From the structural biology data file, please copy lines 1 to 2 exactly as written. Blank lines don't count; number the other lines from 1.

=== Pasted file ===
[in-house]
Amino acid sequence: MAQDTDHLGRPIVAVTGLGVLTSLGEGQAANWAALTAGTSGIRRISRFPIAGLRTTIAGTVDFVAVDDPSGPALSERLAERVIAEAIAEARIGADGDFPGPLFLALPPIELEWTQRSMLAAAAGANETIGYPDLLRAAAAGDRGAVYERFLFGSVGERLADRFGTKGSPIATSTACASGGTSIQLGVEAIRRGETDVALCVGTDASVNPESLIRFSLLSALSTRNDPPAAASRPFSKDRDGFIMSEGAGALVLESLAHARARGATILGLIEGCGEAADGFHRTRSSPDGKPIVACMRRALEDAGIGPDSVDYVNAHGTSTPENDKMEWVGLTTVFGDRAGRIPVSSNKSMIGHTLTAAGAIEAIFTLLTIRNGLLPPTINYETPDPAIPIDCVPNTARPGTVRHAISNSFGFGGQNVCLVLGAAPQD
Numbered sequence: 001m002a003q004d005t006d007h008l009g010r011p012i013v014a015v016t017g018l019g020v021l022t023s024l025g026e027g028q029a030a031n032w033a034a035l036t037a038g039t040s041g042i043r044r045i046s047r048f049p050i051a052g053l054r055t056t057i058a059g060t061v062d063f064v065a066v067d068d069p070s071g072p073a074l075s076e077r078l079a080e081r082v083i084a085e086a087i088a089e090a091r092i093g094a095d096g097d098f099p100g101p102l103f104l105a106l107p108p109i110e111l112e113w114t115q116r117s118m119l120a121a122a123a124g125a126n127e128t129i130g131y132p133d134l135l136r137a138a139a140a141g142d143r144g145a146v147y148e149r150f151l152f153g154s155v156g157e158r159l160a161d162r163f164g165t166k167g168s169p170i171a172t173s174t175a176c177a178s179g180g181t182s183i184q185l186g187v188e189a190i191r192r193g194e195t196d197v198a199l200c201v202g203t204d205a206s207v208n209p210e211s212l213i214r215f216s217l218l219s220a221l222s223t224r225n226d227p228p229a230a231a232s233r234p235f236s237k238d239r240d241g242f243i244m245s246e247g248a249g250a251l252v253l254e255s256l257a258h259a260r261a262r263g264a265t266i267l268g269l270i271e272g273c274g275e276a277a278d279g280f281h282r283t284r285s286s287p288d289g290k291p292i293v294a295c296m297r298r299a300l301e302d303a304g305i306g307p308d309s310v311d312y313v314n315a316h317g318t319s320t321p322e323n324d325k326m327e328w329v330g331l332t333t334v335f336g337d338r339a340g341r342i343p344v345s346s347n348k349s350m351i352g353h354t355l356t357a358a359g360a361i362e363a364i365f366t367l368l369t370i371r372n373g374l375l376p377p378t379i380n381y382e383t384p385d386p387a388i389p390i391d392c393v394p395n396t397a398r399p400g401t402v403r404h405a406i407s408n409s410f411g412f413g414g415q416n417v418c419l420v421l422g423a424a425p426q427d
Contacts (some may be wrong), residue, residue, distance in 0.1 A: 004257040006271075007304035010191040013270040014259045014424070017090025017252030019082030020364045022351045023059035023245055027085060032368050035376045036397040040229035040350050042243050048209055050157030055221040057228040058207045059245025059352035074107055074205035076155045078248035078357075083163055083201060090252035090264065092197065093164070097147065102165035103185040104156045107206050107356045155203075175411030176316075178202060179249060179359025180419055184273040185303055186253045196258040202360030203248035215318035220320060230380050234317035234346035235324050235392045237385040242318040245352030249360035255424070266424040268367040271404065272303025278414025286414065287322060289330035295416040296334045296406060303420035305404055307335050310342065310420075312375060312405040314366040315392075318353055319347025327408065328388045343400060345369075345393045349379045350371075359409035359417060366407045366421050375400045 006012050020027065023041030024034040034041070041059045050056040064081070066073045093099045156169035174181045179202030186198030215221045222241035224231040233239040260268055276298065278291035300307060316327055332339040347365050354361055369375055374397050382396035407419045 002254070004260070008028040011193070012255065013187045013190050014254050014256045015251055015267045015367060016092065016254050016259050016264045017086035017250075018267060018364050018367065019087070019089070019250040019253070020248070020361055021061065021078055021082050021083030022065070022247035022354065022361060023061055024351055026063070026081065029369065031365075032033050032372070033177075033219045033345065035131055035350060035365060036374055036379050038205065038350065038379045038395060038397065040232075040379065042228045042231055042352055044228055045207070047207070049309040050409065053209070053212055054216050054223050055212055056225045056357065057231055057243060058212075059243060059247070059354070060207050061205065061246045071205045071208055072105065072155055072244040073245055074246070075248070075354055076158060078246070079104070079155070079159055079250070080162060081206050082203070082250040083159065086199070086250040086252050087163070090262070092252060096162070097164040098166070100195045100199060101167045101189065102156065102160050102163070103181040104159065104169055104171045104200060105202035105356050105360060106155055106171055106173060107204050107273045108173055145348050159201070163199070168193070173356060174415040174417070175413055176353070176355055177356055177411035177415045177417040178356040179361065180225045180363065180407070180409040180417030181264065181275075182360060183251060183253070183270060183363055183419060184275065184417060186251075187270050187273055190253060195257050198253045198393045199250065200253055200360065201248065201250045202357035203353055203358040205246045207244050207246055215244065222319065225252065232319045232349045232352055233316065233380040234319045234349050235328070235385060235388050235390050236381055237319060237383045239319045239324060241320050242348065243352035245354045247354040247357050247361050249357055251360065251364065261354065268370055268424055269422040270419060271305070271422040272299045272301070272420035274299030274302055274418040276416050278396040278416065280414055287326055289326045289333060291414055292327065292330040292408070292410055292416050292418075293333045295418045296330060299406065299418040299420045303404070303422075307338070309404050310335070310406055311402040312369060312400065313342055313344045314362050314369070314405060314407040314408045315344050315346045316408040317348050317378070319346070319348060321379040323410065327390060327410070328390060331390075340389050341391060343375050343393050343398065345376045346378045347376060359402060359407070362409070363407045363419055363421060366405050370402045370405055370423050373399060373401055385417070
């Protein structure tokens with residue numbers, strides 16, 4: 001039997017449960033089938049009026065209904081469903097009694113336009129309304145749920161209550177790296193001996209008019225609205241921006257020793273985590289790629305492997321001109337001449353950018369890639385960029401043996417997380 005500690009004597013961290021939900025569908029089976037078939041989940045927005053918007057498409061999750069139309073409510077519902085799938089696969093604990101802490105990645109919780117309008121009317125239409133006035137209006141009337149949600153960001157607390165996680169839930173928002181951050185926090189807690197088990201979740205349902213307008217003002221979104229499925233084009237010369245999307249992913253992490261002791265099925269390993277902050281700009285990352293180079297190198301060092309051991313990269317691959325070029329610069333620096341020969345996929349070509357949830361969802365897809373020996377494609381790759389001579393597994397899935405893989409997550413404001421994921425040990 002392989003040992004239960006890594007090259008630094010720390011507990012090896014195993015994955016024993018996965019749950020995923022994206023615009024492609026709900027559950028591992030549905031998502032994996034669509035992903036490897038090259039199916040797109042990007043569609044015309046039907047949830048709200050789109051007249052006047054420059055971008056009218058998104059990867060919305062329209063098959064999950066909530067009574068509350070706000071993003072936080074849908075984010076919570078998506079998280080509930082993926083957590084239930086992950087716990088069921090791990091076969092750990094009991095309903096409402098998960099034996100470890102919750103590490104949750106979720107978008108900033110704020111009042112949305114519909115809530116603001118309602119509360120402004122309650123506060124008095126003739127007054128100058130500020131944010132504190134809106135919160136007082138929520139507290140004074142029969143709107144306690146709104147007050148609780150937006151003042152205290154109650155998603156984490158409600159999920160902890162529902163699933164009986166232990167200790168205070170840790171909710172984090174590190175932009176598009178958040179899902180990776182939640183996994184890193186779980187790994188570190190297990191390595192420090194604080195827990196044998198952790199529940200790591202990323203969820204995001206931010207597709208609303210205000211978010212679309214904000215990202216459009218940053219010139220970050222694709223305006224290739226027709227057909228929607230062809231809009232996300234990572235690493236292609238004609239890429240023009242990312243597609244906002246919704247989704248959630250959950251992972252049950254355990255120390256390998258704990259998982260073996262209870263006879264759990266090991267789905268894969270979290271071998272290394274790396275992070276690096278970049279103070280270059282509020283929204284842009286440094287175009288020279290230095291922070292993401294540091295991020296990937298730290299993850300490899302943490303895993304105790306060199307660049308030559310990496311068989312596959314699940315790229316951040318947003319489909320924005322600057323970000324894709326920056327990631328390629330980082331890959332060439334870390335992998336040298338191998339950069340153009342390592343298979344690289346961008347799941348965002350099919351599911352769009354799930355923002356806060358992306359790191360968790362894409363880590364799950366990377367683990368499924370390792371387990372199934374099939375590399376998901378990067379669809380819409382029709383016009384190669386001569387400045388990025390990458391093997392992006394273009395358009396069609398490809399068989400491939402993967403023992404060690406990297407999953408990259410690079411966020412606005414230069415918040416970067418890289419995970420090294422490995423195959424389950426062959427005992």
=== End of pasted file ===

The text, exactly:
[in-house]
Amino acid sequence: MAQDTDHLGRPIVAVTGLGVLTSLGEGQAANWAALTAGTSGIRRISRFPIAGLRTTIAGTVDFVAVDDPSGPALSERLAERVIAEAIAEARIGADGDFPGPLFLALPPIELEWTQRSMLAAAAGANETIGYPDLLRAAAAGDRGAVYERFLFGSVGERLADRFGTKGSPIATSTACASGGTSIQLGVEAIRRGETDVALCVGTDASVNPESLIRFSLLSALSTRNDPPAAASRPFSKDRDGFIMSEGAGALVLESLAHARARGATILGLIEGCGEAADGFHRTRSSPDGKPIVACMRRALEDAGIGPDSVDYVNAHGTSTPENDKMEWVGLTTVFGDRAGRIPVSSNKSMIGHTLTAAGAIEAIFTLLTIRNGLLPPTINYETPDPAIPIDCVPNTARPGTVRHAISNSFGFGGQNVCLVLGAAPQD